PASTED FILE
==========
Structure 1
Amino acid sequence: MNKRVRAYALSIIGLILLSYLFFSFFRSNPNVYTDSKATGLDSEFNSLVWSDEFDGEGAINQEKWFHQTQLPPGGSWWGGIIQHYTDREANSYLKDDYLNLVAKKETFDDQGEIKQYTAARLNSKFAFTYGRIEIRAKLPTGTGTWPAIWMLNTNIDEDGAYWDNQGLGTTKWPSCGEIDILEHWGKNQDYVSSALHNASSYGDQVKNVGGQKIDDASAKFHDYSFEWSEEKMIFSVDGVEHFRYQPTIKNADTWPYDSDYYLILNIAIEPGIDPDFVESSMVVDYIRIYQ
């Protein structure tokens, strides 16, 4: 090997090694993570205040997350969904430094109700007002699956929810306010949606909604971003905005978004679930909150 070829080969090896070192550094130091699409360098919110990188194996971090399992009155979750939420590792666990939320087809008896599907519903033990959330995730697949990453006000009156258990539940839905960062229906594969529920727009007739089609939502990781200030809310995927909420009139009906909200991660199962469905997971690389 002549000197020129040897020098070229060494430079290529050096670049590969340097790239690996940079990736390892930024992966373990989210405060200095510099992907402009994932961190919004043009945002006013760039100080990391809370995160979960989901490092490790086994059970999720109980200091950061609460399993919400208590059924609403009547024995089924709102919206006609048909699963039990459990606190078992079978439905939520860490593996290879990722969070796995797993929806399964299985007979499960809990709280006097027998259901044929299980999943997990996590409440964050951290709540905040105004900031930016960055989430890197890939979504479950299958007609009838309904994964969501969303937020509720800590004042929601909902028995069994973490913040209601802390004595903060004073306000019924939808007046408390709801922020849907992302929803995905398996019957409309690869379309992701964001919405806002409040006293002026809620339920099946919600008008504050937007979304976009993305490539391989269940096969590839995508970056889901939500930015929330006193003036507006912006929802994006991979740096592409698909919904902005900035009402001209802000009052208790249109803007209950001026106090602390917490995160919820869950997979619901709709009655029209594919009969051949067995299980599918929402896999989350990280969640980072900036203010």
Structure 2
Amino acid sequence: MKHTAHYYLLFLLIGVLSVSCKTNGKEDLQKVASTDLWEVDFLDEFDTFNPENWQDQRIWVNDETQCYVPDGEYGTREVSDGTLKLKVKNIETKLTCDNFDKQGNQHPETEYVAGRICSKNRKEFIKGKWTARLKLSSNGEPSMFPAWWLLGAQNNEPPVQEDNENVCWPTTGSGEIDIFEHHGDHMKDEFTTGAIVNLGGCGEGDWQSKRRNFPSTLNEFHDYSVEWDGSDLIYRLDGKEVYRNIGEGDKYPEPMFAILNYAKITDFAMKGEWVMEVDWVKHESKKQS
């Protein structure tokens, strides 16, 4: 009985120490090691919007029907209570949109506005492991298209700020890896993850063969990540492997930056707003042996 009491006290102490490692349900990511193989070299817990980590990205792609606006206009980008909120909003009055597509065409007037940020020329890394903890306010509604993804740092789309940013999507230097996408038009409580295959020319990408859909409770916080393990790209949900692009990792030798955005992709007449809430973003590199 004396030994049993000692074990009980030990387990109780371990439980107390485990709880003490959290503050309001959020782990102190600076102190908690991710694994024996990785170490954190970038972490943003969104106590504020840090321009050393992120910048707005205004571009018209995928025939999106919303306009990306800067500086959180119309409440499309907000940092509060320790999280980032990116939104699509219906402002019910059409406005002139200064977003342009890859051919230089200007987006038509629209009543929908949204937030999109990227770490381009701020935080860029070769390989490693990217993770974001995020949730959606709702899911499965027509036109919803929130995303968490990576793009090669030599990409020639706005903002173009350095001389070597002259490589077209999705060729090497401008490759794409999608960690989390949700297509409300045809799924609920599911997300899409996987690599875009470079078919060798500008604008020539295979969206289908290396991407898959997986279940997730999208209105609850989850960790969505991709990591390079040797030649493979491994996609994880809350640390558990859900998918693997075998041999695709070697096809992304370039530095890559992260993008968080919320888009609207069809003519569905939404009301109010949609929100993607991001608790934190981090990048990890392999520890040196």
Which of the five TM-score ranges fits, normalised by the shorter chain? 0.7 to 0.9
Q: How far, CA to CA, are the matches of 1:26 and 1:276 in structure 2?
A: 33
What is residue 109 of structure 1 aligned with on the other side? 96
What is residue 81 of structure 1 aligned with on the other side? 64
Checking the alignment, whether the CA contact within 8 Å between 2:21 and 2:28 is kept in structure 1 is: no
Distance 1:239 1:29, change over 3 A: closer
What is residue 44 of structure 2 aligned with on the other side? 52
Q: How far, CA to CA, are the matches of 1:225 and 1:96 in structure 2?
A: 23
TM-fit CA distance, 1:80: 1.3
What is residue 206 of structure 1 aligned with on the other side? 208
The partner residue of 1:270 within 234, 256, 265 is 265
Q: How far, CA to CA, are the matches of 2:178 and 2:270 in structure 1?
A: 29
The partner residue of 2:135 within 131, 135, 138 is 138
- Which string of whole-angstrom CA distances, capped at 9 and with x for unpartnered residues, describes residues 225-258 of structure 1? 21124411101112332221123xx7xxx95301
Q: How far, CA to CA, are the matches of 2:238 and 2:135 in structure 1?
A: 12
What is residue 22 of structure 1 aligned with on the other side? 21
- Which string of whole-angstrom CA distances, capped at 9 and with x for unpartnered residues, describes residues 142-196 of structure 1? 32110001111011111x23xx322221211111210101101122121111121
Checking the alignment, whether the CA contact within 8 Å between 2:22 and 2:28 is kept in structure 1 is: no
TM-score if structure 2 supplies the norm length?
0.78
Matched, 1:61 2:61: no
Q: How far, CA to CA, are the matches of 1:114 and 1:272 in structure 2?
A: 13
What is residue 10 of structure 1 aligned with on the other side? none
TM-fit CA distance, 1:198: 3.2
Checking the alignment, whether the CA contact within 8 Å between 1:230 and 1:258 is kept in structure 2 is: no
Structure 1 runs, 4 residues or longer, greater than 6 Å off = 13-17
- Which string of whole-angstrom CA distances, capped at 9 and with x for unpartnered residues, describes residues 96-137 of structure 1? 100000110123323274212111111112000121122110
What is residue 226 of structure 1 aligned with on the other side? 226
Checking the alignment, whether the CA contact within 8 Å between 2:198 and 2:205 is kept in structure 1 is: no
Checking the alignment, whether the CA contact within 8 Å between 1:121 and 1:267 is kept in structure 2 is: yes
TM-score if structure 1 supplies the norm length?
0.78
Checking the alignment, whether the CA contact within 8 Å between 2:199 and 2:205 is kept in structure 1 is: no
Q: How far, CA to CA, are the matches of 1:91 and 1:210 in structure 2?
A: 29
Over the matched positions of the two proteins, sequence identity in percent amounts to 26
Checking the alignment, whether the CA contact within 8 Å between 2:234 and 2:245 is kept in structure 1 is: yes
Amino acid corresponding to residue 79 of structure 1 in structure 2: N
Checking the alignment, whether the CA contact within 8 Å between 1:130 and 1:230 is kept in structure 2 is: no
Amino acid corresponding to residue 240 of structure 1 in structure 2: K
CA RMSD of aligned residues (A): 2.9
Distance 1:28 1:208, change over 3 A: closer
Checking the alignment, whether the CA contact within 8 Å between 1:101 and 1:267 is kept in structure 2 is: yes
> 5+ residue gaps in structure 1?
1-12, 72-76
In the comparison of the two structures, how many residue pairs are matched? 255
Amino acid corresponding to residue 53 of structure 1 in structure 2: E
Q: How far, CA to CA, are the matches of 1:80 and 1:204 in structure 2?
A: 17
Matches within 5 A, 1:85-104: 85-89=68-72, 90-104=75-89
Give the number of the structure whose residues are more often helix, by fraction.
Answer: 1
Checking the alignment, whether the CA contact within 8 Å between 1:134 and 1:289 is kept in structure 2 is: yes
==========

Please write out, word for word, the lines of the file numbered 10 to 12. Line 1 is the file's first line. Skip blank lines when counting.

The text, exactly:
What is residue 109 of structure 1 aligned with on the other side? 96
What is residue 81 of structure 1 aligned with on the other side? 64
Checking the alignment, whether the CA contact within 8 Å between 2:21 and 2:28 is kept in structure 1 is: no